Men Who Take Baths

Ricardo Temporao

Canada, 2019
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...all I can think of is my mother.

What is the biggest challenge facing gender equality in 2019?

I think language is a big challenge.

If the foundation of your building is faulty, you’re never going to have a safe place to live. The divisiveness that happens on the internet, which is unfortunately where we take a lot of our social temperatures, is a lot more polarized than when you talk to someone in person. For instance—and this is a conversation I had recently—I mentioned the importance of gender-neutral bathrooms. I have friends who are afraid they are going to get beat up every time they go out. There are people watching them, waiting, and no matter which bathrooms they go into, these people feel like they have a right to step in and be the law and humiliate or harm my friends. It’s an infringement on someone’s pursuit of living and being themselves.

We have to protect each other and be thoughtful. If someone is asking for help, if they were outside your door asking for help, and saying ‘somebody is hurting me, will you let me in?’ would you say, well I’m not the one hurting you? That’s really what’s happening on so many levels. Just stop and listen. Open the door. The thing that you think is offending you or attacking you personally, is someone asking you for help—or at the very least empathy and kindness.

What in your life has had a profound impact on the way you behave?

I’m trying to think of a moment but all I can think of is my mother. Her strength and compassion; her soul. When someone tells me that she’s “the other,” that’s just bullshit to me. I think, as a man, I strive to be her.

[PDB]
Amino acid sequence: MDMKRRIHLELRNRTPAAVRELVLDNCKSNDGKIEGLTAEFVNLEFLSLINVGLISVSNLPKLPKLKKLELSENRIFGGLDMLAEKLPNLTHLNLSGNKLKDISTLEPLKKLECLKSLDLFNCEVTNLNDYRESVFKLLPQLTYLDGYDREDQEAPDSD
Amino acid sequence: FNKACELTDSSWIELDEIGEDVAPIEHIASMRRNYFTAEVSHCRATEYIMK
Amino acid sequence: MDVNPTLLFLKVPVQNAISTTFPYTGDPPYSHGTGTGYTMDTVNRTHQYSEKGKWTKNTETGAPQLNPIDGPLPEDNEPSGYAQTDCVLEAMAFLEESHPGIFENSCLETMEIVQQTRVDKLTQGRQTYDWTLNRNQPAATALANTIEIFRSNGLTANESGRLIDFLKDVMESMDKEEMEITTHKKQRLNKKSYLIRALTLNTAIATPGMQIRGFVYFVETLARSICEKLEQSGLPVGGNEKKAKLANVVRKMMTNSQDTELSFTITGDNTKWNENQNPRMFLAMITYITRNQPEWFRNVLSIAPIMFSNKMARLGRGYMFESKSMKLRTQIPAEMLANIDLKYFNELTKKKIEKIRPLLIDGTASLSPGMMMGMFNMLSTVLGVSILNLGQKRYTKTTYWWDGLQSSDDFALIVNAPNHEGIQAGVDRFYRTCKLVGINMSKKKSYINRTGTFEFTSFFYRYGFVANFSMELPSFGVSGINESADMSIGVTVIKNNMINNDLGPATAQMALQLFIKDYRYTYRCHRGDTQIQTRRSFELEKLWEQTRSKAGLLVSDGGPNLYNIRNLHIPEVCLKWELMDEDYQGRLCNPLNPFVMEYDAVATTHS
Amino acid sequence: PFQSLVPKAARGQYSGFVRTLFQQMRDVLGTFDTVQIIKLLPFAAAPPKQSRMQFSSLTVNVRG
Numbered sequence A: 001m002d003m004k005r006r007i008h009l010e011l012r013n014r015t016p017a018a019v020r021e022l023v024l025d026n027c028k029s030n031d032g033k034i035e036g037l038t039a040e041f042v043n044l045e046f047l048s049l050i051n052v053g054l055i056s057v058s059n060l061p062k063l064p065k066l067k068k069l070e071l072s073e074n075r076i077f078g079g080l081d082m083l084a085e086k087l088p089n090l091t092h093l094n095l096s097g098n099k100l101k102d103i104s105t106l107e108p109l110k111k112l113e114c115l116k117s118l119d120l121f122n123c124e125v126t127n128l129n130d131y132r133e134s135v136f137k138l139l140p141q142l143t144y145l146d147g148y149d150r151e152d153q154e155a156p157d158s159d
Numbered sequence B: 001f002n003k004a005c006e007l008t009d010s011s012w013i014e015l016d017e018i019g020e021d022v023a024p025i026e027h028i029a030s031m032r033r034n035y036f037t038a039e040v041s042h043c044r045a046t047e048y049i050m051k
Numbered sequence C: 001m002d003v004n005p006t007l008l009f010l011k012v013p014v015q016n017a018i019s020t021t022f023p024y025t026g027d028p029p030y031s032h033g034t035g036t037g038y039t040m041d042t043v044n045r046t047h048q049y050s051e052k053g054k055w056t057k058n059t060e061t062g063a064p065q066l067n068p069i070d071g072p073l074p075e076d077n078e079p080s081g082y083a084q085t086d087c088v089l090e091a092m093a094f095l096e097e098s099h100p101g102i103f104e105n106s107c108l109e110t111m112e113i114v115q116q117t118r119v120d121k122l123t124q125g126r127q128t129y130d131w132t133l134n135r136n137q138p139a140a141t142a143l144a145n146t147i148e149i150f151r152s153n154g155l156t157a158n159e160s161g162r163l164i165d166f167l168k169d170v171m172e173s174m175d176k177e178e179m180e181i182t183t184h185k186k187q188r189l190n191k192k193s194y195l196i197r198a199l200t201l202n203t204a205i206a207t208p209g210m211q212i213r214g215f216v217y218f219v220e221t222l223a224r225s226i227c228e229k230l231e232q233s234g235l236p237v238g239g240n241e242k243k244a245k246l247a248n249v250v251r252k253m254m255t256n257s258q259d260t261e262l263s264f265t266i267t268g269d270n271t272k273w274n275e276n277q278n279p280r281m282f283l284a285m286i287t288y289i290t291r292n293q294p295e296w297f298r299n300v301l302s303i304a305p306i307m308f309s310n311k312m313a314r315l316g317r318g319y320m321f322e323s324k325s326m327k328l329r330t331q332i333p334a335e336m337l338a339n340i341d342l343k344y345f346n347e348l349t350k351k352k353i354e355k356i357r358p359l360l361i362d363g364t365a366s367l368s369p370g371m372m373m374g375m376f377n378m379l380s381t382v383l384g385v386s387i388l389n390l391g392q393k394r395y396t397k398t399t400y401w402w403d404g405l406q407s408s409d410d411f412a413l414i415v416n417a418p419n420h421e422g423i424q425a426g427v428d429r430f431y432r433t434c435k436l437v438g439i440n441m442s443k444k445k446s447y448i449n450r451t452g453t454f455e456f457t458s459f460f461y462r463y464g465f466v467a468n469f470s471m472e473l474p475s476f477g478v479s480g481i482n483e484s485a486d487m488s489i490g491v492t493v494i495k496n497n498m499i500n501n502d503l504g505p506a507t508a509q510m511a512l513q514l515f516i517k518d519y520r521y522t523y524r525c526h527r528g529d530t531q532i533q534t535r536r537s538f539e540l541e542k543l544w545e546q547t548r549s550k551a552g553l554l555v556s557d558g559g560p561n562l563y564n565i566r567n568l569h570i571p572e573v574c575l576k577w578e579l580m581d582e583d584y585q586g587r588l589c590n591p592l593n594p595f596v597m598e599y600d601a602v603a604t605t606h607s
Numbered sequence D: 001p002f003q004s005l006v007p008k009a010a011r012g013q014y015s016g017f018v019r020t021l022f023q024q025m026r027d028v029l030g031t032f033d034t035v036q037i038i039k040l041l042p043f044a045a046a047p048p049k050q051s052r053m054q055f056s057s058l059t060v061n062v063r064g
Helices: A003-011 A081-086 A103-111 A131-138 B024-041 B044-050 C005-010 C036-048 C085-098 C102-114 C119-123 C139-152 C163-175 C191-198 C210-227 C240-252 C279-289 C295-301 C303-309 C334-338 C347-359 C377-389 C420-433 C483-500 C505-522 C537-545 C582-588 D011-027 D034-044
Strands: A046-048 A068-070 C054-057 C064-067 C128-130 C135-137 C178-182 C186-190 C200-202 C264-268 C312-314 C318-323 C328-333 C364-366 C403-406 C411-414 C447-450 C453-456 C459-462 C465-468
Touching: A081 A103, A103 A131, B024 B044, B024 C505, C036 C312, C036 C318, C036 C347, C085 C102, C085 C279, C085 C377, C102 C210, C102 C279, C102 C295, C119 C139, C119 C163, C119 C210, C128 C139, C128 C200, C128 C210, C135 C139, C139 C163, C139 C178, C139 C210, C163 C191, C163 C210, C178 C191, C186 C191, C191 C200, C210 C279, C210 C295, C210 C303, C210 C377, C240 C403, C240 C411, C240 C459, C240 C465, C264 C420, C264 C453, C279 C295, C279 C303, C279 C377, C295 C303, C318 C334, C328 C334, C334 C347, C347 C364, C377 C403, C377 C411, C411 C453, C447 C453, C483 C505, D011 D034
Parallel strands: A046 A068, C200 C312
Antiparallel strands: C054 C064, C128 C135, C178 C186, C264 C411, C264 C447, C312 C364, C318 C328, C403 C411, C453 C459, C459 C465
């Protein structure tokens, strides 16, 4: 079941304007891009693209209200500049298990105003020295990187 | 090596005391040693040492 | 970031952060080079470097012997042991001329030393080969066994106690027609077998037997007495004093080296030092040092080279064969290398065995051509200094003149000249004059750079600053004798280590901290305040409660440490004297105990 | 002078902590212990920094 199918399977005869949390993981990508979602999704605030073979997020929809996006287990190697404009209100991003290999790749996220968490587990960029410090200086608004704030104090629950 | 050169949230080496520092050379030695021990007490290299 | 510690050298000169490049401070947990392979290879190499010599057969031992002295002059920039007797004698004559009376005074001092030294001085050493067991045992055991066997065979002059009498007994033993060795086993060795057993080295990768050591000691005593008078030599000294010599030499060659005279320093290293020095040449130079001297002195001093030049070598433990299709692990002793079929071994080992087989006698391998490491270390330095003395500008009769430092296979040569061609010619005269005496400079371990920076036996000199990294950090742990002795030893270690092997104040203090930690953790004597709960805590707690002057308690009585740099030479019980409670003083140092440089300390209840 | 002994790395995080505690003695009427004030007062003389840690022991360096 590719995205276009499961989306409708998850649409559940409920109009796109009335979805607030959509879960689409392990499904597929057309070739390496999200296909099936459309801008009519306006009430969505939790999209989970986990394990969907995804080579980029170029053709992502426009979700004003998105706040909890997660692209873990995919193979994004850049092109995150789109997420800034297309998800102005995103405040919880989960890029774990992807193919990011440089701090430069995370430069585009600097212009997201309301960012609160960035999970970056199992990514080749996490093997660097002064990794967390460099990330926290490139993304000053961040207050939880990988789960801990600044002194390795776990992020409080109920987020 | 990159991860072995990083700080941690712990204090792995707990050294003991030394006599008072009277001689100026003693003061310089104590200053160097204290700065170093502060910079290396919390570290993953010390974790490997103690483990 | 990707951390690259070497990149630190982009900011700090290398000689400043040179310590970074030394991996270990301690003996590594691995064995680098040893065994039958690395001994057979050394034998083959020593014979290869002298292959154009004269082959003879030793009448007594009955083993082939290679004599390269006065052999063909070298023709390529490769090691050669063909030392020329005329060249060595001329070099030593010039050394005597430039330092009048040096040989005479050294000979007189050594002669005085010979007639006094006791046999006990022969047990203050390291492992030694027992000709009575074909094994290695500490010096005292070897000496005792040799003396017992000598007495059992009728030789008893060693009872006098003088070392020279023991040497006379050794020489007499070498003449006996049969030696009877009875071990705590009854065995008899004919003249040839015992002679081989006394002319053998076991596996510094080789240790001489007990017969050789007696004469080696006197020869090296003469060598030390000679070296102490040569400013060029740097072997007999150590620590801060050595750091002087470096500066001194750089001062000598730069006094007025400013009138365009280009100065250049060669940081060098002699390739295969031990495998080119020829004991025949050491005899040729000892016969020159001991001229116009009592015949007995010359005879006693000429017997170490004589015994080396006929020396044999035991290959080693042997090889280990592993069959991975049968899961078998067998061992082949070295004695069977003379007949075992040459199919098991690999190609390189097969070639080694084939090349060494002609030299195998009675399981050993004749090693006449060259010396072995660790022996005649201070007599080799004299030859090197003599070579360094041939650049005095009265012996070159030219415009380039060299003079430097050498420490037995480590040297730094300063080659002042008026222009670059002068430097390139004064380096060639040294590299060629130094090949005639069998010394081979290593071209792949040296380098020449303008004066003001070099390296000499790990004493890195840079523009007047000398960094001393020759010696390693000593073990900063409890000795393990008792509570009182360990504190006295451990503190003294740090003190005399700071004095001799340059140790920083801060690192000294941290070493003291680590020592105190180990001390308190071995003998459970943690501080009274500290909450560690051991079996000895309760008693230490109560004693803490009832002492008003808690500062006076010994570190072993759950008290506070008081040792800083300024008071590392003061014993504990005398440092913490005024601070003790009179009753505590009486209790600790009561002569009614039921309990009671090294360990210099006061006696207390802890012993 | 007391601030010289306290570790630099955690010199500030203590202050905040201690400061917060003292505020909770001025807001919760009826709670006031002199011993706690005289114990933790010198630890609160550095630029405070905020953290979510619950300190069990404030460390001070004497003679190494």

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Why did you say yes to doing this?

It’s an important conversation. I want to support my wife. It’s not like she told me to do it. I’m back on baths now too. 

The conversation I had the other day with someone very wise, after I thanked him for his graciousness, he said ‘I believe that a person’s truth has to be spoken and in a timely way.’ That was powerful to me. It matters what your truth is and what you think of these things. You imagine these are conversations that float above you but they don’t. They go through your core and affect you and the people you love every day. So if you have something to say, say it. Don’t worry about what people might say. It matters what you think. 

Maybe someone will see this’s a guy taking a bath and talking about his mom. Maybe it will resonate or at least start a conversation, even if they disagree with any of this, which is fine. Maybe they’ll think: who is he to say this, who is he to claim to know what toxic masculinity is or claim to be an ally or a feminist or sell-out his gender, or whatever someone might say? Hopefully, it sparks more conversations than arguments.